For decades, student loans have mostly been prohibited from being discharged through bankruptcy proceedings. That could change under the FRESH START through Bankruptcy Act. Here, public policy scholars Brent Evans and Matthew Patrick Shaw, both of Vanderbilt University, explain why student loan debt cannot usually be cleared through bankruptcy and how that might change if the proposed bill becomes law.
Why can’t people get rid of student loans through bankruptcy now?
Although not impossible, discharging student loans in bankruptcy is difficult. Due to a 1976 law, student loans are not treated during bankruptcy proceedings like other forms of debt, such as credit card debt or auto loans. This policy stems from a federal commission on bankruptcy laws, which heard testimony that claimed the easy discharge of educational loans in bankruptcy could undermine federal student loan programs. Congress was concerned that students might borrow thousands of dollars from the federal government, graduate, declare bankruptcy to have their student loans discharged and never repay their educational debt.
In an extension of the Higher Education Act of 1965, Congress passed the 1976 law, which made borrowers wait five years after the first student loan payment was due before they could have the loan discharged through bankruptcy. Congress created an exception that allowed for discharge within that five-year period if the loan caused “undue hardship.”
Currently the “undue hardship” exemption is the only way to have student loans discharged in bankruptcy – that is a much higher threshold than many other common forms of debt. This higher threshold includes both federal student loans and, since 2005, most forms of private student loans.
Haven’t there been cases where people still got rid of their students loans through bankruptcy?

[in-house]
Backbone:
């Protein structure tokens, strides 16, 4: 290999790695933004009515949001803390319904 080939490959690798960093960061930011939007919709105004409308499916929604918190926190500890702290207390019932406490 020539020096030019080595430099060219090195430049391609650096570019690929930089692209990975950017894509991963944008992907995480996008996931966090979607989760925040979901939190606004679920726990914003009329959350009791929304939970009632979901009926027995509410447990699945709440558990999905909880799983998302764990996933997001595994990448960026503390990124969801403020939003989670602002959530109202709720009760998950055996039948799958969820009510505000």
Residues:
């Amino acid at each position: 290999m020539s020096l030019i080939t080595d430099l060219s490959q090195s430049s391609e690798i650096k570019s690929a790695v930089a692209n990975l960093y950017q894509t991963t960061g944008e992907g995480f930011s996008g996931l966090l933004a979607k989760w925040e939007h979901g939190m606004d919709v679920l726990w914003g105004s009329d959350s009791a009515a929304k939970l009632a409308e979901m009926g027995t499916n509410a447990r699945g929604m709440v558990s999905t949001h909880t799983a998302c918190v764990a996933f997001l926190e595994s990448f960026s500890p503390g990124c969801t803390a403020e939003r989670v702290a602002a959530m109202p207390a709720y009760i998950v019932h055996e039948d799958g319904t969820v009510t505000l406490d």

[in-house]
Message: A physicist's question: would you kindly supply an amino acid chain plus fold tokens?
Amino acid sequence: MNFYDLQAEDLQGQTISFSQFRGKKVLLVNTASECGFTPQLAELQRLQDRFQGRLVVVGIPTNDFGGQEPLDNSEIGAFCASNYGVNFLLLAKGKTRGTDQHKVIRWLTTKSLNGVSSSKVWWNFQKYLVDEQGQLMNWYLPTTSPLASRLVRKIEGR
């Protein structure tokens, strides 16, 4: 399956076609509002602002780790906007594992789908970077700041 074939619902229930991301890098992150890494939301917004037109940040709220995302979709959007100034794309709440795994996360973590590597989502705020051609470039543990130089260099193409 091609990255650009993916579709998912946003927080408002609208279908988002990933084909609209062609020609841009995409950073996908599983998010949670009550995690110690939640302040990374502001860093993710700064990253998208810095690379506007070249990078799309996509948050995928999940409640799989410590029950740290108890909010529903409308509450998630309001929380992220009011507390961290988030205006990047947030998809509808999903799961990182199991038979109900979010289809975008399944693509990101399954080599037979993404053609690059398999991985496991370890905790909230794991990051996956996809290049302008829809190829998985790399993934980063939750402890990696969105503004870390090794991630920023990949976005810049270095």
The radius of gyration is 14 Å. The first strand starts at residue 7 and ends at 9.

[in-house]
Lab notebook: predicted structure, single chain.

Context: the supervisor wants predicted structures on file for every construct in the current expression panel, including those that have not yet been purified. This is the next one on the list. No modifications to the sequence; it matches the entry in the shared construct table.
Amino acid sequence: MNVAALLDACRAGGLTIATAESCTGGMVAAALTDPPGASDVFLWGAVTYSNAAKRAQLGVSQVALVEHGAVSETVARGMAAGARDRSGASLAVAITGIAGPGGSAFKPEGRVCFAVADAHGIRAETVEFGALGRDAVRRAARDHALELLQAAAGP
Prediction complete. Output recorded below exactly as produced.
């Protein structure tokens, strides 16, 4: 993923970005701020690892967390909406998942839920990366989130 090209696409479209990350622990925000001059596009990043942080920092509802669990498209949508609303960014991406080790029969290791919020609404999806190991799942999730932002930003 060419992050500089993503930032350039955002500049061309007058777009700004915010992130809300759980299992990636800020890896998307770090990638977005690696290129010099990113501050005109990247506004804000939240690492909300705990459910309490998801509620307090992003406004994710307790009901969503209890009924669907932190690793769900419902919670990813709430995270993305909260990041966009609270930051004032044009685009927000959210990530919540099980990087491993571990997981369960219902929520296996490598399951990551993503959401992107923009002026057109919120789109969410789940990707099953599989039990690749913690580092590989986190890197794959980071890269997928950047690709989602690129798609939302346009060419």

Absolutely. Though difficult, it is still possible to have student loans discharged through bankruptcy by meeting the undue hardship requirement. A 2011 study found that only 1 in 1,000 student loan borrowers who declared bankruptcy even tried to have their student loans discharged. However, those that did succeeded at a rate of 40%.
Section 523 of the Bankruptcy Code does not set out a specific test to determine what qualifies as undue hardship. The federal courts are split on what the appropriate standard should be for discharging student loan debt. The Second Circuit case, Brunner v. New York State Higher Education Services Corporation, established three requirements that determine whether undue hardship applies.
First, the borrower must demonstrate that if forced to repay the student loans, they will be unable to meet a minimal standard of living based on income and bills.
Second, the borrower must be unable to repay for a “significant portion of the repayment period.”
Third, they must have made good-faith efforts to repay the student loan.
If a bankruptcy court agrees that a borrower meets these three requirements, the court can discharge the student loan debt.
But bankruptcy courts in the Eighth Circuit (in the Upper Midwest) — and occasionally courts in the First Circuit (in Puerto Rico and parts of New England) — reject Brunner and examine the “totality of the circumstances” instead.